Tampa Bay Rays tell LGBT community: "It Gets Better" listen08/31/11 Atecia Robinson
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Last week the Tampa Bay Rays became the 5th Major League Baseball team to speak against homophobic bullying when they partnered with St. Pete Pride to film a video for the â€œIt Gets Betterâ€ campaign. It was shot at the Raysâ€™ home, Tropicana Field in St. Petersburg to provide inspiration to members of the lesbian, gay, bisexual and transgendered community facing harassment.
GLSEN, The Gay, Lesbian and Straight Education Network, says that nine out of 10 LGBT students experience daily harassment. Rays designated hitter Johnny Damon and infielder Sean Rodriguez were two of the four players to participate in the â€œIt Gets Betterâ€ project put together by board members of the activist organization St. Pete Pride.
Former St. Pete Pride board member Jeff Klein produced the video and said â€œIt Gets Betterâ€ was started a year ago by columnist Dan Savage in response to the homophobic bullying faced by school-aged children who have committed suicide within the past few years.
Klein said awareness is the first step towards acceptance of the LGBT community. He said progress was being made compared to 10 years ago â€“ and even professional athletes are willing to speak out.
Johnny Damon and Rays center fielder B.J. Upton said they wanted others to step up to the plate.
Though the players were enthusiastic to make a difference, a few Rays fans felt differently. Klein said theyâ€™ve already gotten some backlash from the video.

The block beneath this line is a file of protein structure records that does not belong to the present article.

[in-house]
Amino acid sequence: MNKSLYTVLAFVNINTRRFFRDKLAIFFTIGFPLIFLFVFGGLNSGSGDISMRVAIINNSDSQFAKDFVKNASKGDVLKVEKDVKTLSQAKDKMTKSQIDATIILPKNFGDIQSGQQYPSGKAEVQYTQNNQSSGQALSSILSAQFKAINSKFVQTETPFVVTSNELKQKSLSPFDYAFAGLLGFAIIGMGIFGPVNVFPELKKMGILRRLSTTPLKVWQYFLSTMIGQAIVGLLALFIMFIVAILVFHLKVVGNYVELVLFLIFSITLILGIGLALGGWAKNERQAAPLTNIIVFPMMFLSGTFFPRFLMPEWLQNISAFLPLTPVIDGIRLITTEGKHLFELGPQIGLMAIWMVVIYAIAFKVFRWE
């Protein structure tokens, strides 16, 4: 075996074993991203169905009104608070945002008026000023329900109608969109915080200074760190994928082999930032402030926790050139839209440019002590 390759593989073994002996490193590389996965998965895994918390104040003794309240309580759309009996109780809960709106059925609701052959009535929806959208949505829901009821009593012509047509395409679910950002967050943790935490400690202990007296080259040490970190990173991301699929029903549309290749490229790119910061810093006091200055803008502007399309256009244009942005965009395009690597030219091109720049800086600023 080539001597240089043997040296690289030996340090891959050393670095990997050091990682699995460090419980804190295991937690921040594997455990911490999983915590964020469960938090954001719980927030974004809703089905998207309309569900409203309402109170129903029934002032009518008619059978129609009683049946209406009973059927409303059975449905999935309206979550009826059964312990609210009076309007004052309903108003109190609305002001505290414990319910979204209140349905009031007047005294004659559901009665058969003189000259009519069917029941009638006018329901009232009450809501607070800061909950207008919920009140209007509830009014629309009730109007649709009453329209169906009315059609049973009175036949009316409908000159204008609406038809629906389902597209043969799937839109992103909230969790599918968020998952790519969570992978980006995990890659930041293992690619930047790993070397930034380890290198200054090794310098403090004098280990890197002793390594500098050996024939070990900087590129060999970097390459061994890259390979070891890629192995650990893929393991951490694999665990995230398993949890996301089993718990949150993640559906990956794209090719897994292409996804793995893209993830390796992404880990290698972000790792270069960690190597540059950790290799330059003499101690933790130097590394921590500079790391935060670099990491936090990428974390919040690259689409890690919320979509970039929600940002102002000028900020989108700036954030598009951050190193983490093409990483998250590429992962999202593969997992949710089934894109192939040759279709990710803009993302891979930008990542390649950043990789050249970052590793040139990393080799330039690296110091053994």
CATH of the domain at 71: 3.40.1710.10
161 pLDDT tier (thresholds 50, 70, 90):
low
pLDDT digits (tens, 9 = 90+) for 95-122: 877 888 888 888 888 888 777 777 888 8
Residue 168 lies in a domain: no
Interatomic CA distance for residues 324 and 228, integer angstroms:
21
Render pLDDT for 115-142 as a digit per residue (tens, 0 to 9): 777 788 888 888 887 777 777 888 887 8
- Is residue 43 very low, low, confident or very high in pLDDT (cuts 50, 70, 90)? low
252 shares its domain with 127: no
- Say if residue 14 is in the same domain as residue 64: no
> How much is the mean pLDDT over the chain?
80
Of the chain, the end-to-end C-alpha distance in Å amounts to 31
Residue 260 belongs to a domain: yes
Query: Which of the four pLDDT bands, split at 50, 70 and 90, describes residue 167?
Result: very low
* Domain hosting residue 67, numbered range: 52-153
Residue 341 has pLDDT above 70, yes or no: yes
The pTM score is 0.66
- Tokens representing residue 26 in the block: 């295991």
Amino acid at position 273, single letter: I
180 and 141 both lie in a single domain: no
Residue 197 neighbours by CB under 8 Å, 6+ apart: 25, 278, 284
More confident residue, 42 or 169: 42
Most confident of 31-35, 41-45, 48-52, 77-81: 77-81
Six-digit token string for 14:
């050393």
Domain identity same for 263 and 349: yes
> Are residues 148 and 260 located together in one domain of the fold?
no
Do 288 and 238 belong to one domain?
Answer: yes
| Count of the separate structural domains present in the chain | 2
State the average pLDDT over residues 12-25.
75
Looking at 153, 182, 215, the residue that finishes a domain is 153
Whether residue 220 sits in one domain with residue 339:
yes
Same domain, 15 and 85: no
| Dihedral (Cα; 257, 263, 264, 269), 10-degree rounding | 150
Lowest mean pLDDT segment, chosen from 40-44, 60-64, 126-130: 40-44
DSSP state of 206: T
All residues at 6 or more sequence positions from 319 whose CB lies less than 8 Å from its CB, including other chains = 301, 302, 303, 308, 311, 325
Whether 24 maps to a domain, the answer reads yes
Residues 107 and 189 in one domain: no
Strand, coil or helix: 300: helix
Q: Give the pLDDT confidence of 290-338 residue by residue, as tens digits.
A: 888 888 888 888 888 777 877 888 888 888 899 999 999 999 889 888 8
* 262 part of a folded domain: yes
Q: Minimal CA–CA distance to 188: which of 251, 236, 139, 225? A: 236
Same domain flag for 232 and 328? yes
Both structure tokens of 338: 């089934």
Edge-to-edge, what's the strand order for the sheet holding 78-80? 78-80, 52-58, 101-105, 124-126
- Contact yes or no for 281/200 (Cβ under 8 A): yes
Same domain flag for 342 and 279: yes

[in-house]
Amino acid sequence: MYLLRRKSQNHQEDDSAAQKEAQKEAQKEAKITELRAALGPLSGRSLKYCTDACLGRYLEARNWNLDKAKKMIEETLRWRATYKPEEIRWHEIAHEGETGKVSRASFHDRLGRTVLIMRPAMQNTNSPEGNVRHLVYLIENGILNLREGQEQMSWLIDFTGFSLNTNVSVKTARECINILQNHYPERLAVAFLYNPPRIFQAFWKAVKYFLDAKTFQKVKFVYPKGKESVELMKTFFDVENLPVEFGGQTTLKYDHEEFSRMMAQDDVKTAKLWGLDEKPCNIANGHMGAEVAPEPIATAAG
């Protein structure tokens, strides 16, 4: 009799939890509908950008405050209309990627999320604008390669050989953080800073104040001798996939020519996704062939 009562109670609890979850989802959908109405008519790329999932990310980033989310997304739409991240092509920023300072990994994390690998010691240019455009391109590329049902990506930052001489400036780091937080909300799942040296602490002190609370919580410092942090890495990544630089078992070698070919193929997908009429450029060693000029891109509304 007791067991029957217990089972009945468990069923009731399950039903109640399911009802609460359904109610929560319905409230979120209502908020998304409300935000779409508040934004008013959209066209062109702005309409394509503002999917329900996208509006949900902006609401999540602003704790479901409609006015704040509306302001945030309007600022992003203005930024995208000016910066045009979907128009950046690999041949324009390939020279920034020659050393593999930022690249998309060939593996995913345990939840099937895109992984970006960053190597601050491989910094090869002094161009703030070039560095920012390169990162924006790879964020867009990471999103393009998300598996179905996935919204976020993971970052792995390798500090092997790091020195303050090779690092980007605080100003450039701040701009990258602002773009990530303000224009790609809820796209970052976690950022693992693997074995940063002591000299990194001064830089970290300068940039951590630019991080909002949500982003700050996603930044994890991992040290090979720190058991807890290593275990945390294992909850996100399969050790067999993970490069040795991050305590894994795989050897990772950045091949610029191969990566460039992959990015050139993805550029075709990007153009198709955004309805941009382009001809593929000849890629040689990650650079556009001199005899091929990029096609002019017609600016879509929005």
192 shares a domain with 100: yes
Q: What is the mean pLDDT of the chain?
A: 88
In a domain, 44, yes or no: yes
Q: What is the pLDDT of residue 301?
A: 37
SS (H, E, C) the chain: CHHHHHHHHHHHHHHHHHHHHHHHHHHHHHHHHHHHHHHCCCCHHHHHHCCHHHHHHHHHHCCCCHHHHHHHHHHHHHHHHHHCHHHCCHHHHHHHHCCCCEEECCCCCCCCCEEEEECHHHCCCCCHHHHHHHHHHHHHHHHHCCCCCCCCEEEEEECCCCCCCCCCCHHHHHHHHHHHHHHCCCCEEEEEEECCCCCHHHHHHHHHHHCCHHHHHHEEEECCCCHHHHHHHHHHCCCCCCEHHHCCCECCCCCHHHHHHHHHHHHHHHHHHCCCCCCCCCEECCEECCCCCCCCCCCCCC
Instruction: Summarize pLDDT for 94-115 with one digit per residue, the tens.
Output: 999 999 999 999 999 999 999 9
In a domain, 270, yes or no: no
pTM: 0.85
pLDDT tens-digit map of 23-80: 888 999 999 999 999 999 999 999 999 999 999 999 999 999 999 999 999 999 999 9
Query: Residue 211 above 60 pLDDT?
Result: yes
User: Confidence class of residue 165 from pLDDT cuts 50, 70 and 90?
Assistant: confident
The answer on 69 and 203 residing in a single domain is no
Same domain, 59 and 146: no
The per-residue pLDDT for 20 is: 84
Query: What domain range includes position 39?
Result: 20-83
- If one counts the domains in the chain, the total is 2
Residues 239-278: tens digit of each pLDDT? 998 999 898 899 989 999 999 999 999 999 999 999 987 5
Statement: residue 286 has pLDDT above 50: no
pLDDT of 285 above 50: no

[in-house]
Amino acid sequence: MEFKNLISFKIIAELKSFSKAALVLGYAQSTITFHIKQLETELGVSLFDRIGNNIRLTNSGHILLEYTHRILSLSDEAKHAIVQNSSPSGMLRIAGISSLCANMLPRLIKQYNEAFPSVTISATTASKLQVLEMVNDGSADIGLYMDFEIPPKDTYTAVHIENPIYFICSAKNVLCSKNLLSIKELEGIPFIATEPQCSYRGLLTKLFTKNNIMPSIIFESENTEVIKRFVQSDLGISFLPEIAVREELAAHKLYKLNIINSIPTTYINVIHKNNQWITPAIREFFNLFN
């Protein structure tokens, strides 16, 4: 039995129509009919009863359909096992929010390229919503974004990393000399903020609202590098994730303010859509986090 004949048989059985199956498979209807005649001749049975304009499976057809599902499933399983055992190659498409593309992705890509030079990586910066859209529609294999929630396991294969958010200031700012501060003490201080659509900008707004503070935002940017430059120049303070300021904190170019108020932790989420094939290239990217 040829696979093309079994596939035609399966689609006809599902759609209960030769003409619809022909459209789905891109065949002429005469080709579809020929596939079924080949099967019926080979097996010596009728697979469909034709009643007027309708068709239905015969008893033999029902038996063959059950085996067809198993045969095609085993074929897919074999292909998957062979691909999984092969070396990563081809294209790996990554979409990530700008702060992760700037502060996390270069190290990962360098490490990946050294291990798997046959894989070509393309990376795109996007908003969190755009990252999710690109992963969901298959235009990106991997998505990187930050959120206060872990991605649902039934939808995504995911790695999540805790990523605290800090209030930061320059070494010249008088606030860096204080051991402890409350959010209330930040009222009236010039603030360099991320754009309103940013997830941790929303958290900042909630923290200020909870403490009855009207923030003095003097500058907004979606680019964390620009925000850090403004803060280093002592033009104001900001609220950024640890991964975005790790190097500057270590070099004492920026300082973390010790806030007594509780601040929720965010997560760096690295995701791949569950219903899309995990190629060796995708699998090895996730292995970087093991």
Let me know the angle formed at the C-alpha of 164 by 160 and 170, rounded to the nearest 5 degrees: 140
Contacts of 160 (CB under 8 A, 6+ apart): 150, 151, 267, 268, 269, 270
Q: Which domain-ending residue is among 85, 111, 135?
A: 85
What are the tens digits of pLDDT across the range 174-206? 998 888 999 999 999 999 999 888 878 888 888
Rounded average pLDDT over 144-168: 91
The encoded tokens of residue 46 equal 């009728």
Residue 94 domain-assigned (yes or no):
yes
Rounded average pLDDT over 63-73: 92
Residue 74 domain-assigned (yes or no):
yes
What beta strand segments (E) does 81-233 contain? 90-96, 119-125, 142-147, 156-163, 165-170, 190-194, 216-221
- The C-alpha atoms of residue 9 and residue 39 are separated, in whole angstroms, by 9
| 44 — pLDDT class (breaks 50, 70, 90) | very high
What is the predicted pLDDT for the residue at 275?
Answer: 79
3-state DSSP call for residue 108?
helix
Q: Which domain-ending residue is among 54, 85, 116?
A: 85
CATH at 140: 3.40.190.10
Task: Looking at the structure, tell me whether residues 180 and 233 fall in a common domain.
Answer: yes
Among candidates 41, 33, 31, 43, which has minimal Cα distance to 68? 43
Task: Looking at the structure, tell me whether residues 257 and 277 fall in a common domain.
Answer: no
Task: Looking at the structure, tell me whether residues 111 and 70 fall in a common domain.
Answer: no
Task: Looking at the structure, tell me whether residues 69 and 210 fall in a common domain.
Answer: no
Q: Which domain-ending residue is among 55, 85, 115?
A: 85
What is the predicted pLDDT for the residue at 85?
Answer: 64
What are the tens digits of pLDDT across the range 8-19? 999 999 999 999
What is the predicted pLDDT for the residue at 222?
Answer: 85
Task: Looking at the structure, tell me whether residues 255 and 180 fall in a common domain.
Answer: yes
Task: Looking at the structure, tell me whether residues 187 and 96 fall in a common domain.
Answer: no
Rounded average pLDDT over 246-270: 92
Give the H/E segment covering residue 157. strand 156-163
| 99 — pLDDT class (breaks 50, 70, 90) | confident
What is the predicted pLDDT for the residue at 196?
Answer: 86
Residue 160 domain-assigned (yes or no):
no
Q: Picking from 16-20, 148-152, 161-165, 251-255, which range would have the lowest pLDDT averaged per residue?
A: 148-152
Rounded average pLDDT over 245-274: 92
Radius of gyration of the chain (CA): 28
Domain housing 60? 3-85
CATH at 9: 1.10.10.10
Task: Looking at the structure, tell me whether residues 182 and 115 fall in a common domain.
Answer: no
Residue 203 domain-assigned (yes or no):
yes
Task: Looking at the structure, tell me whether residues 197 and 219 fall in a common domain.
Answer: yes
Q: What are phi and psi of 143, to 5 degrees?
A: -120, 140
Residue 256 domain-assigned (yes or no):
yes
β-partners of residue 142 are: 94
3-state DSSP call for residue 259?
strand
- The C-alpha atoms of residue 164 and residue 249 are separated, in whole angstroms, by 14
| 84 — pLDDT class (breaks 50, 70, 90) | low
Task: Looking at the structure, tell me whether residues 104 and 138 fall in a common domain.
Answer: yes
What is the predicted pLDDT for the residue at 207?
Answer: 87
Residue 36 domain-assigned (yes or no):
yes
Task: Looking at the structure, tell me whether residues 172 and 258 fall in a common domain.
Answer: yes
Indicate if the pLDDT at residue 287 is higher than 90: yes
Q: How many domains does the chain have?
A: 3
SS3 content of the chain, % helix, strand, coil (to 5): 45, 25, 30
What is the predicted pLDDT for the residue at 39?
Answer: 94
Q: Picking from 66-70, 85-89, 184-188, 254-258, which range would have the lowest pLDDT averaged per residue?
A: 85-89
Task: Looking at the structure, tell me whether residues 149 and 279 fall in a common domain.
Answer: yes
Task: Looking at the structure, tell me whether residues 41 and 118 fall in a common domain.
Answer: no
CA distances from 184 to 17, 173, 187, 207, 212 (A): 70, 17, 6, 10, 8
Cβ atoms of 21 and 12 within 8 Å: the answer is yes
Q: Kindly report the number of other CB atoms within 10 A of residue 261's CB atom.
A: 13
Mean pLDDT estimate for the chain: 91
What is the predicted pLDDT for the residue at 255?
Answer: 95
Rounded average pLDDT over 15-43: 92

During the video shoot before a game last week, we attempted to speak with some fans outside the stadium to find out how they feel about their favorite baseball players filming a video against homophobia. Most shrugged off the idea and didnâ€™t want to speak on tape, except for one fan, Brian Littman.
Even though one Rays fan seemed indifferent about the video, Klein says is happy to see that a number of people have become even greater Rays fans because of their â€œIt Gets Betterâ€ video.
As a person who grew up as a closeted gay man, Klein said that he hopes that this project will ultimately spark other players in the league to be open about who they are.
In the video, the Rays and manager Joe Maddon said they want victims of homophobia to know they should always reach out for help.
The fourth Rays player in the video is outfielder Sam Fuld. Itâ€™s on YouTube. The video will also be found on St.PetePride.com and will be used as a public service announcement on local cable networks.